The major point is interesting: Contrary to classical Platonic and Aristotelian ideas, we need emotions to make decisions - our brain appears to require trained instinct to tip the scales in favor of one choice or another. fMRI studies show that the frontal cortex is involved in combining logic and emotions together and people who suffer different types of damage to their frontal lobes can either be unable to make decisions at all or be a complete slave to their passions (they typically become very hardcore addicts). This requirement that we need emotion and instinct to make basic decisions explains much of why humans are so prone to various forms of cognitive bias. We intrinsically feel 'more worse' about negative outcomes than we should, and choices can be influenced simply by rephrasing the decision in a positive or negative way (keeping the ultimate outcome identical).
It took me a paragraph to lay out about 100 pages of the book. Admittedly, one difference is that I didn't make untestable (though plausible) hypotheses about why we evolved this way, or claim that Neandertals didn't have this or that brain structure despite us having no actual perfectly preserved caveman brains to analyze (this statement in the book is unreferenced)2.
I'm sure that Lehrer's book will delight most - my dislike of it is probably strongly tied to my evolutionary biology engrained dislike of 'just-so stories'. The brain is very complex, and it's unlikely that we can atomize its various functions into specific areas so neatly. fMRI measures where blood is flowing in the brain, not where neuronal signals are travelling. Its resolution, while impressive, is fairly low for so complex a structure. Directionality of signals and importantly, causality, don't seem quite so obvious to me. Brain research is an exciting field, but scientific conservatism probably doesn't sell books.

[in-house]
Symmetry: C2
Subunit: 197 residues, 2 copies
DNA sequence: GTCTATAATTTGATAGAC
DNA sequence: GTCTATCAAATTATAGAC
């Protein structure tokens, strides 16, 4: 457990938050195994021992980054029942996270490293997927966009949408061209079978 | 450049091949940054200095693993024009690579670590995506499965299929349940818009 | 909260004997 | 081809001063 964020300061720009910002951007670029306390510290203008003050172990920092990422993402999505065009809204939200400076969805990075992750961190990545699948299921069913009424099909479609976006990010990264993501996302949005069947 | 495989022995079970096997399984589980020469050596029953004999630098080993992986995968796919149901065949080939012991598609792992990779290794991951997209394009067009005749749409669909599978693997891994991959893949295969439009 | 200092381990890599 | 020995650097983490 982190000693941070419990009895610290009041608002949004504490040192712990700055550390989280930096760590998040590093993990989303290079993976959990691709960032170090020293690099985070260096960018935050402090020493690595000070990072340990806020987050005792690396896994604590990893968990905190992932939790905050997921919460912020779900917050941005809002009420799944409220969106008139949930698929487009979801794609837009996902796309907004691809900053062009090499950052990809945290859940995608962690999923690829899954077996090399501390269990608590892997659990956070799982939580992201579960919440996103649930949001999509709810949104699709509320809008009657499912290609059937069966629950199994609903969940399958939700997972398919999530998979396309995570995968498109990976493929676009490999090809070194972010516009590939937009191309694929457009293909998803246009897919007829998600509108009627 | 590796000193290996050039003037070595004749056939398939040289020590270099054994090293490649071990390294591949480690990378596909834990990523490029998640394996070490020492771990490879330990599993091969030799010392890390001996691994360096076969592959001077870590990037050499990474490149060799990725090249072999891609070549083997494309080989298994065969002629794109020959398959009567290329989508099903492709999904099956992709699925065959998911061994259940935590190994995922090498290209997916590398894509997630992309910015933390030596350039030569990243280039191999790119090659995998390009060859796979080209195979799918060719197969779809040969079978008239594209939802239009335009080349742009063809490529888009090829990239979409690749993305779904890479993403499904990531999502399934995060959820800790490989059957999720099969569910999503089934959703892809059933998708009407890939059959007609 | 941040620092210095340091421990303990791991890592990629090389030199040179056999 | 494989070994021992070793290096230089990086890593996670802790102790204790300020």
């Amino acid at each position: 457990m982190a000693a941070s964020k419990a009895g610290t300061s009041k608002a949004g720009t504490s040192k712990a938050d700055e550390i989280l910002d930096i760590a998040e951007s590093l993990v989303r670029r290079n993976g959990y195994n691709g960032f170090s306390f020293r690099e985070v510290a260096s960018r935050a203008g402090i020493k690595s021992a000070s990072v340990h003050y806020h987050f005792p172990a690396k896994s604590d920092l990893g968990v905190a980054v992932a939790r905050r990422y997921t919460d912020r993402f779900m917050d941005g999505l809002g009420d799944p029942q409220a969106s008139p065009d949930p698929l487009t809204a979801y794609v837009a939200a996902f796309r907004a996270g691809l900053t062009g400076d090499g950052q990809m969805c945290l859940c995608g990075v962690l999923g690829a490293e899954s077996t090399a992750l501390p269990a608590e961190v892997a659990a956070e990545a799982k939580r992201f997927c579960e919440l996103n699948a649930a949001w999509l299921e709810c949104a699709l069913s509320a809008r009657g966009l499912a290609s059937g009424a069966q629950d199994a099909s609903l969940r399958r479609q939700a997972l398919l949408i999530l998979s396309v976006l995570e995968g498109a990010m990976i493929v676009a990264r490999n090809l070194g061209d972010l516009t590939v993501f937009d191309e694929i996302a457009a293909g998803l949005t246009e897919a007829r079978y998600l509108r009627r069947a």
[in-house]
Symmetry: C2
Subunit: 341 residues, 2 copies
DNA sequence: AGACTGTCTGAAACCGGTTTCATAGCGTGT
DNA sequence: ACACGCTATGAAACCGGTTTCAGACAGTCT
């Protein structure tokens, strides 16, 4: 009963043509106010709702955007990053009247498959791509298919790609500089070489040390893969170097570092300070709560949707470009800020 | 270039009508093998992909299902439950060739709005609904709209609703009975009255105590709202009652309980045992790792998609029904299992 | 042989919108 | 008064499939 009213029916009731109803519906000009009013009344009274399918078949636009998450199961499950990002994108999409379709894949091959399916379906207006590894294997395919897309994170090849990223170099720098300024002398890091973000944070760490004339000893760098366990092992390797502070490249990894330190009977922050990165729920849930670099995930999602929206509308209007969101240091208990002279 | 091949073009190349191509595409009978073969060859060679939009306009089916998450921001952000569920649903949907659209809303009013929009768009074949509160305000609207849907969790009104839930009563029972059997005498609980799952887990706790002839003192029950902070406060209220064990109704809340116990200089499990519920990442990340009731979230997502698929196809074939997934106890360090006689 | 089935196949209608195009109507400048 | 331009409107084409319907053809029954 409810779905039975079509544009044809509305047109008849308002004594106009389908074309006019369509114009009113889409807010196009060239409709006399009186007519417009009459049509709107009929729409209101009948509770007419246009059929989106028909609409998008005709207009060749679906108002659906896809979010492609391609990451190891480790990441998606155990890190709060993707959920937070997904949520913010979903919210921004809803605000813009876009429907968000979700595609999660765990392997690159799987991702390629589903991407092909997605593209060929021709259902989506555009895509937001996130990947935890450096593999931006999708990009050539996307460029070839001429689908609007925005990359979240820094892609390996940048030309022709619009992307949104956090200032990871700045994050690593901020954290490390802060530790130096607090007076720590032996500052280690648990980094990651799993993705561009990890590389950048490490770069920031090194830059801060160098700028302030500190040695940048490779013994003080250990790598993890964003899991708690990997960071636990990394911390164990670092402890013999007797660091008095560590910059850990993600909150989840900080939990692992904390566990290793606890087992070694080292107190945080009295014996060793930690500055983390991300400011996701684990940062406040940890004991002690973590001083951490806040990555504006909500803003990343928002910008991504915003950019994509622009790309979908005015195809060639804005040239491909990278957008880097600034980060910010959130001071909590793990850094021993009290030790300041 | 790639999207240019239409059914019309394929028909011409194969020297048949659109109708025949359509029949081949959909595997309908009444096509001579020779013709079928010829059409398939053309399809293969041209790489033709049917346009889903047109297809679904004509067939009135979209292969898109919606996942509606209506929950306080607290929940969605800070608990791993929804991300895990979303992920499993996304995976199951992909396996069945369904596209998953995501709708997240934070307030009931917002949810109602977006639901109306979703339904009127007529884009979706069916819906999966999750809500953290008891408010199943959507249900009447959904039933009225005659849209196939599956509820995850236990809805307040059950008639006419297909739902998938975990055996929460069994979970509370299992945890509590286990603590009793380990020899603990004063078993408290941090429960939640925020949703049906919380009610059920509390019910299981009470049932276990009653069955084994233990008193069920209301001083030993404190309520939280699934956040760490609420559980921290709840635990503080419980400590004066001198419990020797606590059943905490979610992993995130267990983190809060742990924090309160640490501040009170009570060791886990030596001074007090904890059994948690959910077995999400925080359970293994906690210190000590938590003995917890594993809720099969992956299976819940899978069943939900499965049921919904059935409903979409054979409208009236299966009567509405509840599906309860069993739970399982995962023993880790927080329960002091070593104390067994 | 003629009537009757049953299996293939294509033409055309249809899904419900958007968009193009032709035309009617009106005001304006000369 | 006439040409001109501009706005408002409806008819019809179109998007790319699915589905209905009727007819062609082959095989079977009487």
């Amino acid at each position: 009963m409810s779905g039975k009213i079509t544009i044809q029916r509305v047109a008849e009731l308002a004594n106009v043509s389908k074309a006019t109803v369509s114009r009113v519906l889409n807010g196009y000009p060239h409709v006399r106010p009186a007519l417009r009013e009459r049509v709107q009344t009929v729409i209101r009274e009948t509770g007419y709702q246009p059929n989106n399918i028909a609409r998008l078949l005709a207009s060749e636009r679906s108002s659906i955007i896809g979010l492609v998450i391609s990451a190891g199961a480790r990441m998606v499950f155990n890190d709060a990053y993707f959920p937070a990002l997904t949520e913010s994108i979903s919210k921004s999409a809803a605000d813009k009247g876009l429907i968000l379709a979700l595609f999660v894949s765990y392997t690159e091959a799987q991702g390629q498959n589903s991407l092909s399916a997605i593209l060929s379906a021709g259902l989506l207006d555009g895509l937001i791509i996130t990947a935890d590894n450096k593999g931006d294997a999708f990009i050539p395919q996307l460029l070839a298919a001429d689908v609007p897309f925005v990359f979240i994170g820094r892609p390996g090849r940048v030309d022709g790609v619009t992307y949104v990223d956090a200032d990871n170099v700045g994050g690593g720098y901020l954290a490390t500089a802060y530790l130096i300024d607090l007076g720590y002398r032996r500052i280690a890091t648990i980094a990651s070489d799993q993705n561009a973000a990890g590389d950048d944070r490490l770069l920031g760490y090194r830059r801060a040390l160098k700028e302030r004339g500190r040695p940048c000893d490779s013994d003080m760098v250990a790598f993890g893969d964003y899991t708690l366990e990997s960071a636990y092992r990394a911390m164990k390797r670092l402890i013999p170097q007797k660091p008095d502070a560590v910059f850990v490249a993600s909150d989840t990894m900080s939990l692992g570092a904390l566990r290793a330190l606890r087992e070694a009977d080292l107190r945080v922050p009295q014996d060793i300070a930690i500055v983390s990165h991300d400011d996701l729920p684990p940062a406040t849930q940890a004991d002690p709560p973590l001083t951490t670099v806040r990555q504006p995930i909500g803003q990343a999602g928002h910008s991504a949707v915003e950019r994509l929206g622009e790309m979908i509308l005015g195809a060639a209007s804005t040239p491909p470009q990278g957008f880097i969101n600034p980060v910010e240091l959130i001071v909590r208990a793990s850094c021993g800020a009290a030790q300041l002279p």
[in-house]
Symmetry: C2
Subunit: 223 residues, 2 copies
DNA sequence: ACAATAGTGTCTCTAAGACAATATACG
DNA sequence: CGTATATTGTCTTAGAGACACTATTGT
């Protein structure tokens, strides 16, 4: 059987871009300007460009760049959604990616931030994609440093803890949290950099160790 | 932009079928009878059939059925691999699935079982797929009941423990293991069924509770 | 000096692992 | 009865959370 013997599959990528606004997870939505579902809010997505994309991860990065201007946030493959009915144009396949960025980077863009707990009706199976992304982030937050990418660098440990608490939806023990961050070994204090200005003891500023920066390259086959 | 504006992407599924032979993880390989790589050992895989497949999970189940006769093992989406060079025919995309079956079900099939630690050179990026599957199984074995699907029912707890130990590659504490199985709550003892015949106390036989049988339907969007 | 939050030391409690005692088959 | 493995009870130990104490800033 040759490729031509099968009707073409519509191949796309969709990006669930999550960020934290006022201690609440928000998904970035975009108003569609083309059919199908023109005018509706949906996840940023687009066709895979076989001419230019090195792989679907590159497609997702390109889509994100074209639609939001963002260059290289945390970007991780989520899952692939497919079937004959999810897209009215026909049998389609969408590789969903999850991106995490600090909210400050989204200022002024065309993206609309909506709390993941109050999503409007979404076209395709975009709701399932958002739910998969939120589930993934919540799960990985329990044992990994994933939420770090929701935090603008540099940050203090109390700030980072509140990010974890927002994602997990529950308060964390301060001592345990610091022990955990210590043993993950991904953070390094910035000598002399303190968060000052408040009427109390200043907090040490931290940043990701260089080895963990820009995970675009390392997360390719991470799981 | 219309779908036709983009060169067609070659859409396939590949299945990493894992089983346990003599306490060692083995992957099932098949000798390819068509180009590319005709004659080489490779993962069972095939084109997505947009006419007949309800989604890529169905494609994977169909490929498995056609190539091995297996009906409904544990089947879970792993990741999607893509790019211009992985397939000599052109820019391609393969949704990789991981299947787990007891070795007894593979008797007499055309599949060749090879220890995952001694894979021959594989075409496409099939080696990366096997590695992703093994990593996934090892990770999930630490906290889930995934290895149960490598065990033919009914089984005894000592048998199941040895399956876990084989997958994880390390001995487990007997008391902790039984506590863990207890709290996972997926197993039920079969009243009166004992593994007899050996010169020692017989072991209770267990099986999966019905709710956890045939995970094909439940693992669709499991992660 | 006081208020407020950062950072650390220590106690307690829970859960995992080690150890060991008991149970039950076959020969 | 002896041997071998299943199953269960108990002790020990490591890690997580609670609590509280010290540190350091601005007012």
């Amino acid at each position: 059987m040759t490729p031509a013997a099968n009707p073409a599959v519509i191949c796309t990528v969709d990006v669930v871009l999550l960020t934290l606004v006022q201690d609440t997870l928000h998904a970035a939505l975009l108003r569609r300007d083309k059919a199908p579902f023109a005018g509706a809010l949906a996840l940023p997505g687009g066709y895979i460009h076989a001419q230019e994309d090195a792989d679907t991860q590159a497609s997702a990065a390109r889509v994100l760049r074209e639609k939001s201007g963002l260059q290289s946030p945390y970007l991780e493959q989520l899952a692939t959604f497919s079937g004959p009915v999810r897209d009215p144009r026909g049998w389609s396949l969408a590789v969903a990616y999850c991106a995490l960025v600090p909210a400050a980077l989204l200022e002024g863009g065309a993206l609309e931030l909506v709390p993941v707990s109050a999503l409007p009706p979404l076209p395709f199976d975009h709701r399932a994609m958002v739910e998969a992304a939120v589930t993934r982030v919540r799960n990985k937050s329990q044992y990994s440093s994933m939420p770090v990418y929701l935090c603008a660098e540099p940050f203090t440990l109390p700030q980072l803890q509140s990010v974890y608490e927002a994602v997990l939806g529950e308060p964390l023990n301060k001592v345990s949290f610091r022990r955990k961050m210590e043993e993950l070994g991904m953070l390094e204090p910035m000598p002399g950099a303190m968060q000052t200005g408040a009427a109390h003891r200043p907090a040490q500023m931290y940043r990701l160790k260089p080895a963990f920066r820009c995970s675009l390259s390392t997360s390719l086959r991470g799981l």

The above only applies to some of the off-hand statements made in the course of the book - I think that the main theme of How we Decide (i.e., emotional involvement) is solid and entertaining, but could be conveyed in far fewer very speculative words3. Reading over some of the reviews at Amazon.com, I don't think that my opinons are too far out there...
1After several months of technique-optimization, failed-starts, and headaches, I just sent of some samples for analysis yesterday. If these turn out to be acceptable, I'll be able to shift my focus 100% toward my main project in a few weeks. Fingers are very crossed!
2I asked my gf, who is a neuroscientist, about this, and she scoffed at the idea that we could claim that Neandertals lacked any particular brain structure as the brain-case isn't a great proxy for actual sub-organ morphology. If anyone has any evidence to the contrary, I'm all ears.
3Lehrer's writing reminds me a lot of Malcolm Gladwell, who I understand is very, very popular. It's a style that revolves around using extremely detailed and fleshed-out case-studies to repeatedly reinforce a central concept.